Jeff Harnar, Todd Murray, KT Sullivan, Stacy Sullivan: We Love the Winter: Songs of the Season

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Jeff Harnar, Todd Murray, KT Sullivan, Stacy Sullivan

We Love the Winter: Songs of the Season

54 Below, NYC, December 5, 2023

Reviewed by Alix Cohen

Jeff Harnar, KT Sullivan, Stacy Sullivan, Todd Murray

Holiday shows are notoriously corny. This delightful presentation replaced cliché with style and wry humor wrapped in heart. Directed with a light hand by Jeff Harnar, with music direction by Jon Weber, the piece was sincere without skewing Hallmark, jaunty not camp, and thoroughly entertaining. Stacy Sullivan, KT Sullivan, Todd Murray, and Jeff Harnar created an appealing soundscape of solos and revolving back-up vocals and related to one another with obvious affection. The opening medley was effervescent.

Stacy’s “Christmas Morning” (Heather and Tim Sullivan) was a 1969 prayer for peace inspired by the two of the eight Sullivan siblings who were then eligible for the Vietnam War draft. Though specifically detailed, it’s a song to which so many families will relate, alas, even today. Later, her emotionally translucent “O Holy Night” (Adolphe Adam; English lyric by John Sullivan Dwight) was joined in graceful solemnity by the rest of the company.

“Baby, It’s Cold Outside” (Frank Loesser), recently labeled “politically incorrect” as a song about female coercion, was performed by Stacy and Todd with the droll original lyrics: Ok, you’re free to goescalates toWhat part of leave don’t you understand?” and “I know how to spell harassment!” Ridiculous censorship was met with brio and both artists charmingly embodied the characters.

Todd’s version of “Blue Christmas” (Billy Hayes/Jay W. Johnson) continued in a satirical vein with ersatz Elvis embodiment. Hips swaying, he whipped out a neck scarf. “T-Bone!” Harnar called out, as he ostensibly swooned. Todd’s rendering of “Do You Hear What I Hear?” (Gloria Shane/Noel Regney), on the other hand, was stirring and resonant. His deep, vibrant baritone fiound its way palpably into one’s chest.

The clever “Hanukkah in Santa Monica” “wearing sandals, lighting candles by the sea!” (Tom Lehrer) was performed aptly deadpan by Jeff. A tandem “In the Window”/“Light One Candle” (Peter Yarrow) followed, poignantly blanketing the room with stillness: “Don’t let the light go out/It’s lasted so many years.” Amen.

“Grandma Got Run Over by a Reindeer” (Randy Brooks) was subversively funny in the hands of KT who, though formally dressed, danced, mimed, and mugged with yee-haw abandon. In duet with her sister Stacy, they held hands and then turned ,with skill and sympathy, to lonely single women singing “Merry Christmas to Me” (Addy Fieger/ Danny Apolinar) and “Hard Candy Christmas” (Carol Hall), first rueful, then resolute.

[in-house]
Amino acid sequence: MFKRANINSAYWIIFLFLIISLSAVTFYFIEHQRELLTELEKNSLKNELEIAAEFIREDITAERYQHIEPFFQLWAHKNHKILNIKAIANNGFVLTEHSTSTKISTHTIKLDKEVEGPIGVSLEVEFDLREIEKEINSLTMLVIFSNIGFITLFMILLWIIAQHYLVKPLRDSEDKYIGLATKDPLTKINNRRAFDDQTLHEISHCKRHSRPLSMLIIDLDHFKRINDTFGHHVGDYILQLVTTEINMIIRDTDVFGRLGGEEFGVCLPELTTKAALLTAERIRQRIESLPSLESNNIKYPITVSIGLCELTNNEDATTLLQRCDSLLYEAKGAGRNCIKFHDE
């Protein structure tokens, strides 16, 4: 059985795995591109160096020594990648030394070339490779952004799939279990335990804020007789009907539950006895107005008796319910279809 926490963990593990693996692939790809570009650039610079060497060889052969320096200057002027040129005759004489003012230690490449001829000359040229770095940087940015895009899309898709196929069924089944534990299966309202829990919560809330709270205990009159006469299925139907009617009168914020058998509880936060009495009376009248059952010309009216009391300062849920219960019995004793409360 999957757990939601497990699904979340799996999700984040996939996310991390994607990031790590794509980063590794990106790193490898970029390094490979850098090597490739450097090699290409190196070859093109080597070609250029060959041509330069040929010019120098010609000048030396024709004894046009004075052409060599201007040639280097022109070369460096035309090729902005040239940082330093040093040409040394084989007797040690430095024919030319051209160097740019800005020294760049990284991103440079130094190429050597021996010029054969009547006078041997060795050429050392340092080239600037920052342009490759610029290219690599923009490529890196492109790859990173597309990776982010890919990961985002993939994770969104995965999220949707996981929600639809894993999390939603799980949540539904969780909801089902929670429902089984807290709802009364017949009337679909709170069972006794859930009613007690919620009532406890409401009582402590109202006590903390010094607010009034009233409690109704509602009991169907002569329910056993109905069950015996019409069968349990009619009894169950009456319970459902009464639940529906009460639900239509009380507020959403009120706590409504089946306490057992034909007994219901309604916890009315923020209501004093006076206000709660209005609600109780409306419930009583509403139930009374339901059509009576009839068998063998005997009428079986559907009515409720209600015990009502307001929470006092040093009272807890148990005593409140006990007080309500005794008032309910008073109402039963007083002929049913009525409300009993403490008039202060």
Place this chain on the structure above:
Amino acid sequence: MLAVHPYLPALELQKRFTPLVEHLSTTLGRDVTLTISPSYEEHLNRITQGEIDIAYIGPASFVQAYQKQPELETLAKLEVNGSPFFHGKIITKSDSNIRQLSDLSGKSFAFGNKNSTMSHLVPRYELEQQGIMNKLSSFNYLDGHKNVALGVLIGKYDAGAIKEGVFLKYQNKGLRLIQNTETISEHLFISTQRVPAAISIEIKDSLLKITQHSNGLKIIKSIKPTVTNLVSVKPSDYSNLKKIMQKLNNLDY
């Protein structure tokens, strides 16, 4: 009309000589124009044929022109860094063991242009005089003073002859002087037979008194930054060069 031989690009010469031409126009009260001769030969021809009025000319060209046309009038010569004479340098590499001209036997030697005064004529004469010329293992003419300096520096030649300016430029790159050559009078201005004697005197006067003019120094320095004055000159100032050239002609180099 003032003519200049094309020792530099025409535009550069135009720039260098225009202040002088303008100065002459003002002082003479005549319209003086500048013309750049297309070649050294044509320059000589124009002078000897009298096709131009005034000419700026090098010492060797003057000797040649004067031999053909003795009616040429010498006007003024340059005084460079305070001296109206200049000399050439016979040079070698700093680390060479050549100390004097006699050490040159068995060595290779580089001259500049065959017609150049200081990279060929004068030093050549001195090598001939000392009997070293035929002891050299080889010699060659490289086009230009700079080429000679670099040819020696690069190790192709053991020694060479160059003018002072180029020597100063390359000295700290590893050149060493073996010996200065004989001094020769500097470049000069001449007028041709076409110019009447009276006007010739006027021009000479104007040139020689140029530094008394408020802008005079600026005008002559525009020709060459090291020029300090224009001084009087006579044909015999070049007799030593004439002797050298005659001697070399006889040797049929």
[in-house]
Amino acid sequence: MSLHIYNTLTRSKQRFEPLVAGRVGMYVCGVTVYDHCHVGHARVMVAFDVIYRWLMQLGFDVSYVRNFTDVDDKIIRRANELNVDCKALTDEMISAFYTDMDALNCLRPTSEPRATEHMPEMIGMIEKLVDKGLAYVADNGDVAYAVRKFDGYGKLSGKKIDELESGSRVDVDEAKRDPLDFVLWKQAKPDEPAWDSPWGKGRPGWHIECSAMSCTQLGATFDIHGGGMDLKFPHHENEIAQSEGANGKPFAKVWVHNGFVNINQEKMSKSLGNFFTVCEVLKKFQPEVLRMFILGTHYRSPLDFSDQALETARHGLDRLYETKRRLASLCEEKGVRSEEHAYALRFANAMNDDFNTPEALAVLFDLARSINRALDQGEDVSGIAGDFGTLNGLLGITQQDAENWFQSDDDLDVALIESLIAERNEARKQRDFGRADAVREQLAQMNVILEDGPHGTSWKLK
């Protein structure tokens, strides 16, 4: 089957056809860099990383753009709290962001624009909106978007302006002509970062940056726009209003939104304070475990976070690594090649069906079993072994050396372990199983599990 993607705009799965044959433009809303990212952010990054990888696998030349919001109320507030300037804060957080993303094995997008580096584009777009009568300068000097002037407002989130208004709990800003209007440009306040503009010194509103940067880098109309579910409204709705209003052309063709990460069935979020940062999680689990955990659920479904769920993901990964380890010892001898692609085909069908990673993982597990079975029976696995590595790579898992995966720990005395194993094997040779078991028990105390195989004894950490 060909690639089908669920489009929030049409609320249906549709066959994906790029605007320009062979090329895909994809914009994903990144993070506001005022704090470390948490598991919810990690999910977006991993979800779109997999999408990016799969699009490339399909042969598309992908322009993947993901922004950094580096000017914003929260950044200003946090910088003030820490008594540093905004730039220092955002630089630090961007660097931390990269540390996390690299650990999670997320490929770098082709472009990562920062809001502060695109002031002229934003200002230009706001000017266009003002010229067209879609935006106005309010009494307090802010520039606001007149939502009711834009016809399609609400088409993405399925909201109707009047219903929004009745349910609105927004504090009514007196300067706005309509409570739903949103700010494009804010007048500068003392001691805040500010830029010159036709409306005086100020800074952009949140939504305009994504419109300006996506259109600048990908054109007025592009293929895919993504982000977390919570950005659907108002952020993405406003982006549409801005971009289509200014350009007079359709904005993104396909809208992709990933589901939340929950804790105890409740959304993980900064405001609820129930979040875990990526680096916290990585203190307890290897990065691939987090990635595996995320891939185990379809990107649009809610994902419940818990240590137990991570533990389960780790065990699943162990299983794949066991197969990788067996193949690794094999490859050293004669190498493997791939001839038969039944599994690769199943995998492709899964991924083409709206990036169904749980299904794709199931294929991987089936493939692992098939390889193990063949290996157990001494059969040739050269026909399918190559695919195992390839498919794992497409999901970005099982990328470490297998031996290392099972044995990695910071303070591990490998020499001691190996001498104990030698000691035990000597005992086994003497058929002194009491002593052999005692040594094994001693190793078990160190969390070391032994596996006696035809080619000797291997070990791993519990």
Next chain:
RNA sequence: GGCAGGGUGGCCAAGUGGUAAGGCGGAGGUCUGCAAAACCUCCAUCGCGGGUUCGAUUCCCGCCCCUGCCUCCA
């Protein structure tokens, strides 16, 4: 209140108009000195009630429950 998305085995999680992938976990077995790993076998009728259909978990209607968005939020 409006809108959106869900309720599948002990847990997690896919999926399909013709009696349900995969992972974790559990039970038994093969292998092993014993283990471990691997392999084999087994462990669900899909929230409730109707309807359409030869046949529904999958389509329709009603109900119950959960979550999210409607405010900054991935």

The second part of this program consisted of a buoyant, condensed version of the classic 1954 film White Christmas, which starred Rosemary Clooney, Vera Ellen, Bing Crosby, and Danny Kaye. Accompanied by the marvelous Irving Berlin score, tonight’s four multi-talented, eminently game artists (with Harnar acting as witty, commenting narrator) brought the entire film to sparkling light. (Harnar wrote the script.) Their movements were engaging, and their expressions were irresistible. Weber stood in for Colonel Waverly, and oh!, the ostrich fans that were deployed in “Sisters” number, first by KT as Rosie and Stacy as Vera, then (by lip-synching) Todd as Bing and Jeff as Danny. What a hoot.

Hopefully this holiday tonic—a gently shaken recipe of talent, aplomb, and smiley zest—will return to find itself elsewhere next year.

Alix Cohen

Alix Cohen’s writing began with poetry, segued into lyrics then took a commercial detour. She now authors pieces about culture/the arts, including reviews and features. A diehard proponent of cabaret, she’s also a theater aficionado, a voting member of Drama Desk, The Drama League and of The NY Press Club in addition to MAC. Currently, Alix writes for Cabaret Scenes, Theater Pizzazz and Woman Around Town. Additional pieces have been published by The New York Post, The National Observer’s Playground Magazine, Pasadena Magazine and Times Square Chronicles. Alix is the recipient of six New York Press Club Awards.